By Roger Barbee
On a recent cold Sunday morning, I was warming up the car. A heavy frost covered the ground, bare branches, and the winter-killed mums and begonias in their pots. The white daisy that not long ago had bloomed massive petals now lay in its large iron kettle beneath the maple tree holding the white swing full of dead leaves. As I waited for the engine to gain enough heat to warm the interior of the van, I glanced up to Powell Mountain.
The eastern sunlight shone behind the bare trees sitting on the ridge, causing them to appear as silhouettes. Like soldiers in formation, they were rigid, unmoving shapes following the contour of the ridge line. Exposed rock formations, hidden by heavy foliage before the cold, sat exposed on the side of Powell, some a solid mass, others a loose jumble of what appeared to have been a slide. In spots, the barren landscape was broken by the bright green of a lonesome pine tree. In the cold of morning, a mist rose from the unseen North Fork, giving a hint of warmth to come. Yet at this moment, the morning was cold, bare, full of winter, and empty of life.
A movement caused me to look to my left. The fountain made from an old cistern played its soft melody as the bird feeders were being emptied by the hungry. I realized that it was the motion of a female cardinal in the dead hackberry leaves that had drawn my attention away from Powell Mountain. Watching, I saw her mate, dressed in his brightest winter red, scratching dead grasses under one of the feeders, and a nuthatch, in an almost comical manner, walked down the nearest hackberry headfirst on his way to the suet. Both feeders were crowded with black-capped chickadees in a feeding frenzy, and below them were the newly arrived gray juncos that scratched and strutted all over. Between the small feeder and the gravel were close to a dozen warblers that must have been on their way south, but had stopped for a convenient refueling. Like the juncos, they scratched and strutted on the ground, and occasionally one would flit to a feeder or the fountain. Suddenly the morning has changed.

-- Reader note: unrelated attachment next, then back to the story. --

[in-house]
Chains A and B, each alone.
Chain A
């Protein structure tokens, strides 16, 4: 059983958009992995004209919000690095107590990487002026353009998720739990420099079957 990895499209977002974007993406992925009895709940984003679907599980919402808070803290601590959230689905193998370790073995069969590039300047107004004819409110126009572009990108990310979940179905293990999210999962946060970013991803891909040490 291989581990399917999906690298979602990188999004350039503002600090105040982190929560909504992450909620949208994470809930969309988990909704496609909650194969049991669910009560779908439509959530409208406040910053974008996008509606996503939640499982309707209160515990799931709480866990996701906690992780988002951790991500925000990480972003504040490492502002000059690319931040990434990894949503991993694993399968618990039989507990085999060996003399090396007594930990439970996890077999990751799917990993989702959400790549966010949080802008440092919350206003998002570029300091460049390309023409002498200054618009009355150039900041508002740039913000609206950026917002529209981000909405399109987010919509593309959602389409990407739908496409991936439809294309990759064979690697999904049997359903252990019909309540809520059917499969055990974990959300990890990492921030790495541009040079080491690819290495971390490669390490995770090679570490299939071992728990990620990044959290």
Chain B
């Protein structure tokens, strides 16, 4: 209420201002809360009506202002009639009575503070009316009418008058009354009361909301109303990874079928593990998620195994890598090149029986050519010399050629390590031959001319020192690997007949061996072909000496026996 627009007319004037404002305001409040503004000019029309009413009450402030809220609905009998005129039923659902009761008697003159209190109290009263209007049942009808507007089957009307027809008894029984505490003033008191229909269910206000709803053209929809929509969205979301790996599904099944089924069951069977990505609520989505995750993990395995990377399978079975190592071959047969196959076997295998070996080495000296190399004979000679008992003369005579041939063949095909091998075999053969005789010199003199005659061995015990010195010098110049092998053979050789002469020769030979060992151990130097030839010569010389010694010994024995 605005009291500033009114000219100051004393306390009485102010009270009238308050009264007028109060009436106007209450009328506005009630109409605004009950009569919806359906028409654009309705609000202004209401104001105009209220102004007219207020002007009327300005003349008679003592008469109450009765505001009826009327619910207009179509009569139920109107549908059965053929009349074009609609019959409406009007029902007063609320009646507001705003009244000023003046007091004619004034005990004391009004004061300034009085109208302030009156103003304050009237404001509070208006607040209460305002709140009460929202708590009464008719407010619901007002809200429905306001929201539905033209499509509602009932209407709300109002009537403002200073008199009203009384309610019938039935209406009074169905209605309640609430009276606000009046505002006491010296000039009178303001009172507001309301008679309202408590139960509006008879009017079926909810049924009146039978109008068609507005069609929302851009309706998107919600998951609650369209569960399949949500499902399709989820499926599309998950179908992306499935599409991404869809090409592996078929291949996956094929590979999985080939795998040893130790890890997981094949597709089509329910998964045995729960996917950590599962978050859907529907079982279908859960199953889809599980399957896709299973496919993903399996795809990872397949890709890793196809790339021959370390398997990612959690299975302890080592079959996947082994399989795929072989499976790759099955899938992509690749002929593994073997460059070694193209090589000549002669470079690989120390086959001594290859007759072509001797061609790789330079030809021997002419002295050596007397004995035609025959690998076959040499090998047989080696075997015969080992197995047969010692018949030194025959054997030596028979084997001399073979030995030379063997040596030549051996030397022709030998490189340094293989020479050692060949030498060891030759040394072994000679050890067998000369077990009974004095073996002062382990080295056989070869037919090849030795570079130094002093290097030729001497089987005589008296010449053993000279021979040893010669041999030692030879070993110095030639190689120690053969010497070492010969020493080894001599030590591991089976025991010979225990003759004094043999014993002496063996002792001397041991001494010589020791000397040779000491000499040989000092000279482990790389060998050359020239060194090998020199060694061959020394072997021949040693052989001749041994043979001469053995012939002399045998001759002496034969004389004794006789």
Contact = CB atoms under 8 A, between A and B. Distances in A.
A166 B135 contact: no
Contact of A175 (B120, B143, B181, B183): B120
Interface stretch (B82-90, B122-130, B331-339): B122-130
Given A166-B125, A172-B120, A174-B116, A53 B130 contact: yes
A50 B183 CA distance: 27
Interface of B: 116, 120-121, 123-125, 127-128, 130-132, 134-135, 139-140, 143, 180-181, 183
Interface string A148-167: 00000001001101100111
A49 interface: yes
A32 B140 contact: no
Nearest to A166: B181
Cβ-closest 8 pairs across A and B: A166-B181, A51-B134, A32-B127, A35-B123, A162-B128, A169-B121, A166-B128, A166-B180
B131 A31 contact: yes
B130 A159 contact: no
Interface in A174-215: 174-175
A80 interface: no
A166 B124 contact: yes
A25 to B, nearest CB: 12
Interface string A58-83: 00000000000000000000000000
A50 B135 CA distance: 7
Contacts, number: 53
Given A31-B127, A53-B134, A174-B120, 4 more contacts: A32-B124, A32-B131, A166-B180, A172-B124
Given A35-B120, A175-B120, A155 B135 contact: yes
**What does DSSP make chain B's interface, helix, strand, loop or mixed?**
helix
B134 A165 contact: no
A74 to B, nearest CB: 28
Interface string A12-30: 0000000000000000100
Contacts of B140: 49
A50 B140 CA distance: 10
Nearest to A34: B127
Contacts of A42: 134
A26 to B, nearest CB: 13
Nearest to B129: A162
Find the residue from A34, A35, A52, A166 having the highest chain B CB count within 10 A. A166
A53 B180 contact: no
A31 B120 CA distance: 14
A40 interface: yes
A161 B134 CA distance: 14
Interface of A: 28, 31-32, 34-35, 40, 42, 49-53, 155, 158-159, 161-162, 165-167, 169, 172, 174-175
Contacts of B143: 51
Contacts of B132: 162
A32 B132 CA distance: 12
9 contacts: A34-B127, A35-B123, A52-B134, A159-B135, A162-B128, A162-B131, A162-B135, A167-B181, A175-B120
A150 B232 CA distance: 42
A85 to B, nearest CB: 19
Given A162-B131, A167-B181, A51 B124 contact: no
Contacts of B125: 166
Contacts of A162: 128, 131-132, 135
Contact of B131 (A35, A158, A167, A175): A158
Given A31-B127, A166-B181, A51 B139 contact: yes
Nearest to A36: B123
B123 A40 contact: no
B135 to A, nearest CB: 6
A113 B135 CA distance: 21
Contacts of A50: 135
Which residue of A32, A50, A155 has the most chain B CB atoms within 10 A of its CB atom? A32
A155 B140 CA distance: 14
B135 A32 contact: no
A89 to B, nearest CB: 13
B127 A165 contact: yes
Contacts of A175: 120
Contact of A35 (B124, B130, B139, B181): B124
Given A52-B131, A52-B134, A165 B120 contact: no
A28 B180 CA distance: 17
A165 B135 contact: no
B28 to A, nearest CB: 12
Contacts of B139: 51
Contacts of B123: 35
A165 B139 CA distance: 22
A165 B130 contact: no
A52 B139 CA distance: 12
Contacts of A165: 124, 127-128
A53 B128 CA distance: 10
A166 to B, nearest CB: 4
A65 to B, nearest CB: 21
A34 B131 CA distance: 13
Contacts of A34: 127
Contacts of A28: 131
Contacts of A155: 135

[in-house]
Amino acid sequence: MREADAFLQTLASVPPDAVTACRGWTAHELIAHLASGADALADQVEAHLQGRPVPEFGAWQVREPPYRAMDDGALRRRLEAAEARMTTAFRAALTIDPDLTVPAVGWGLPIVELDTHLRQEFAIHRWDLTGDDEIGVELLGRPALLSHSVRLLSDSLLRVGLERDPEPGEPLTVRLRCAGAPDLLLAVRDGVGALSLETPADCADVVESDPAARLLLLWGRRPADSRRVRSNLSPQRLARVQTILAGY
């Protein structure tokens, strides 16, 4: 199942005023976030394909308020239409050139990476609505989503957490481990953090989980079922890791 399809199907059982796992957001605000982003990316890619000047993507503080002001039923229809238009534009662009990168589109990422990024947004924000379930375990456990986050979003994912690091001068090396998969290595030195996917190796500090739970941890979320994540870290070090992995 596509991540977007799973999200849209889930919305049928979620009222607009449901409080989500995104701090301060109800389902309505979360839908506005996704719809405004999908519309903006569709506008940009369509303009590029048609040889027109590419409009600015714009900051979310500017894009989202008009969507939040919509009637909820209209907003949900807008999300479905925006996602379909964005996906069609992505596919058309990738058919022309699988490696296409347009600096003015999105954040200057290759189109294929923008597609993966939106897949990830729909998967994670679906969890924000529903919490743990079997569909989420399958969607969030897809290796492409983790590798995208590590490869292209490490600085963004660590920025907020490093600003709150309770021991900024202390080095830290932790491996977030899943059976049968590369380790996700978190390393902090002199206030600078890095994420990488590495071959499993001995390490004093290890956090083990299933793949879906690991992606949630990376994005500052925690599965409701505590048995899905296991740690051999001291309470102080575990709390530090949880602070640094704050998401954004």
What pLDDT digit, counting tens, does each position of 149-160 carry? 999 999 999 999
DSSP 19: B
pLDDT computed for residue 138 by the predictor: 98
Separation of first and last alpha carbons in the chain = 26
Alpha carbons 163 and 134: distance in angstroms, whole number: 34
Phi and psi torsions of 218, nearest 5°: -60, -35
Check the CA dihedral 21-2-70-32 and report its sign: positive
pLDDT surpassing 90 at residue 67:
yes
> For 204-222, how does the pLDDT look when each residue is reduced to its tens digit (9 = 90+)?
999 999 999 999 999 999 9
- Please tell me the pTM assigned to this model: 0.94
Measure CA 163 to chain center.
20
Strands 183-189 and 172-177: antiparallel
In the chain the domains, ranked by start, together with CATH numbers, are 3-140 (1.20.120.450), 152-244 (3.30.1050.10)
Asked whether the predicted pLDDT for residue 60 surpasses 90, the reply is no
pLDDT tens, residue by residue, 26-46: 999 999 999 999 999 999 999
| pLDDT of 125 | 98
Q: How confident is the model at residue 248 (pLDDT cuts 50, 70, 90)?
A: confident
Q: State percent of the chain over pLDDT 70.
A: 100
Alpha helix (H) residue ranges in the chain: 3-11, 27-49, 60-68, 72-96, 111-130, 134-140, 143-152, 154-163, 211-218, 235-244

In "Arabian Sands," Wilfred Thesiger, the English explorer, writes of his five years with the Bedu living in the Empty Quarter, the 250,000-square-mile desert that is located mostly in Saudia Arabia. He writes of dunes that rise to seven hundred feet and extend a hundred miles. He tells of enduring incessant hunger and thirst when he and his Bedu friends would drink only a pint of water a day. He describes the desolation in miles of sand and rock with no shelter from heat or cold. He shares how he, a product of Eton and Oxford, knew that he could not match the physical endurance of the Bedu, but felt that he would easily win in a test of civilized behavior. However, the "empty" desert proved quite full of life as he watched his comrades share their meager rations with chance-met strangers and insisting that it was "a blessed day" when they would urge the stranger to eat and drink what little they had. In that seemingly empty landscape, Thesiger found abundant and rich life in one of the earth's most hostile environments.
The valley is far from a desert like the Empty Quarter, but I had been looking without seeing. However, because of a female cardinal, I was given a chance to see at what I was looking. Like Thesiger, when I spent the time, I discovered much about my surroundings and myself. The world at Red Hill was not winter empty, but full of winter life waiting for my eyes to see.
Roger Barbee is a retired educator who lives in Edinburg with his wife Mary Ann, four dogs and five cats. Email him at firstname.lastname@example.org.